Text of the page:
Liberalising Lebanon

Lebanon's mobile sector has potential, but growth hinges on the govt's commitment to liberalisation.

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By  Administrator Published  March 28, 2008

Lebanon's mobile sector has enormous potential, but its growth hinges on the government's commitment to liberalisation.

Lebanon's telecom sector has been in the spotlight in the past couple of months, with the government's decision to delay the auction of stakes in the country's state-run mobile companies, and political problems slowing down the potential privatisation of its fixed-line operator.

For most players in the sector, Lebanon's telecommunications industry, both mobile and fixed-line, has much potential, but delays to the introduction of competition are doing little to help the industry achieve its potential.

Indeed, the slow pace of change in the sector has left Lebanon with low mobile penetration rates compared with the country's GDP, according to Andrawes Snobar, a senior research analyst at Arab Advisers Group.

"The growth in the Lebanese market is relatively low. The penetration level was not more than 31% by end of 2007," he says. "This - as the Arab Advisors Group believes - is mainly due to the fact that the current rates in Lebanon are not flexible nor does the country have any major price competition between the two operators.

"The known trend in the many countries in the Arab World of multiple line usage is minimal in Lebanon (not more than 3.5% of total subscribers use two or more lines). This is also due to the high rates in the country.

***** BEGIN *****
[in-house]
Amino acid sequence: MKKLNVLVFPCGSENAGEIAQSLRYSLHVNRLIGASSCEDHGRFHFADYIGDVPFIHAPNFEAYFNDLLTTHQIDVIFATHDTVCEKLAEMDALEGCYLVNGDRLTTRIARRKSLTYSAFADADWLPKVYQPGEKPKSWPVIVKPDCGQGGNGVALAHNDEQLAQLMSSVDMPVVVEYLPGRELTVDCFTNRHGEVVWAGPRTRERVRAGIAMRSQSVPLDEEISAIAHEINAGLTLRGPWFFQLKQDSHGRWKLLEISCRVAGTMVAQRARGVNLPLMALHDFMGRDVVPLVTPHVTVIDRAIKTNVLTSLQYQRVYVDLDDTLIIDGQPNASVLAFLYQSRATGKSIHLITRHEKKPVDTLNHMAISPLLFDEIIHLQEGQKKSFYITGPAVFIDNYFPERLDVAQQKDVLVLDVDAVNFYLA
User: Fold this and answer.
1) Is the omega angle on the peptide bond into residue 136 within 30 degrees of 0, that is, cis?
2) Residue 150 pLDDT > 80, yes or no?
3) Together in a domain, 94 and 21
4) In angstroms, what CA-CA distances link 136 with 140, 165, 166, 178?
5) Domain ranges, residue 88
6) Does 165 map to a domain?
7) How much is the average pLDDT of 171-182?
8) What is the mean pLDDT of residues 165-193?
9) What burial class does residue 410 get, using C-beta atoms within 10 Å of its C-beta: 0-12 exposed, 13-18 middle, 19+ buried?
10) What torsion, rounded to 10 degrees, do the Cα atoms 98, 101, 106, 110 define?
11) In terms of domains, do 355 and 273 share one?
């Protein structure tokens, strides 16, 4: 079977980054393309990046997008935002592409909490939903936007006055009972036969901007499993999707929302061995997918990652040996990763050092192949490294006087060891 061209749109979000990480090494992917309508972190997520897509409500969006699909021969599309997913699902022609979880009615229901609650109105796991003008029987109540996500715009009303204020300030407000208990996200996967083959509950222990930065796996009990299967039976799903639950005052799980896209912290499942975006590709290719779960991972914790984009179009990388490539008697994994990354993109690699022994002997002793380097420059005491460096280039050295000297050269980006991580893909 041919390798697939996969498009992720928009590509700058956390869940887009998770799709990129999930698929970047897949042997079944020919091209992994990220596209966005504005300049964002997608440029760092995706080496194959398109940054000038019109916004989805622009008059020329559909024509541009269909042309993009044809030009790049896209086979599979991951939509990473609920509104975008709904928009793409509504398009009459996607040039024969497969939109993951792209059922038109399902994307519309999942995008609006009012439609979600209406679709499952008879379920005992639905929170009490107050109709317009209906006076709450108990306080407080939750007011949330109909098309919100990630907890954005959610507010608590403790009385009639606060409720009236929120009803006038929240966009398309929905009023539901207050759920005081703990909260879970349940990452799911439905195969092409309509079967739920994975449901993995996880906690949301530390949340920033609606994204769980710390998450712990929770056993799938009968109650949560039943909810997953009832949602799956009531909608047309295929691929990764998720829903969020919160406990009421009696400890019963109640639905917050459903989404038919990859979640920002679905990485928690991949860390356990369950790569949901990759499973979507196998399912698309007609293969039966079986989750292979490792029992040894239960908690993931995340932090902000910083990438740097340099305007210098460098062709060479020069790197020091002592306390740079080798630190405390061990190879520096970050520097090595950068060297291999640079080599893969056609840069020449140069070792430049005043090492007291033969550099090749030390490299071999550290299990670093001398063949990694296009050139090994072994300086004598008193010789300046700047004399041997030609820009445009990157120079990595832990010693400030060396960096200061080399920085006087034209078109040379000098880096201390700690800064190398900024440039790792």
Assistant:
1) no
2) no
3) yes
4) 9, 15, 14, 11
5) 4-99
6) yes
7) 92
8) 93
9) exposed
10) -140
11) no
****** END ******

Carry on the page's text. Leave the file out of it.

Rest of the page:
As chief commercial officer of Lebanese mobile player MTC Touch, Nadim Khater, is also convinced that more competition is needed in the Lebanese mobile sector. "The Lebanese mobile telecommunication sector is state-owned and this fact keeps the market withheld from its real potential, which will only be felt through liberalisation and proper competition," he says.

"This is confirmed by the Lebanese GSM penetration rate which is around 33% as opposed to other markets with a similar GDP and purchasing power where penetration has reached 80% or even 90%.

With Lebanon's low penetration rates, the proposed privatisation of the country's two mobile networks is likely to lead to a significant boom in the sector. "In case of privatisation, given the low penetration rate, the mobile market will definitely witness a boom in terms of growth and penetration rate," Khater says. "We believe mobile penetration in Lebanon should not be less than 80% in the coming five years under normal competition."

For Khater, the mobile telecommunication sector in Lebanon has the ability to attract major investment, which in turn will help to develop new business opportunities and uncover new sources of revenue. "In the case of privatisation, the market will drastically grow in terms of technology innovations, services and penetration rates," he says.

But plans to introduce competition were delayed after the Lebanese government postponed the auction of majority stakes in its two mobile phone companies from February 2008, to the summer of 2008, according to a report from Reuters.

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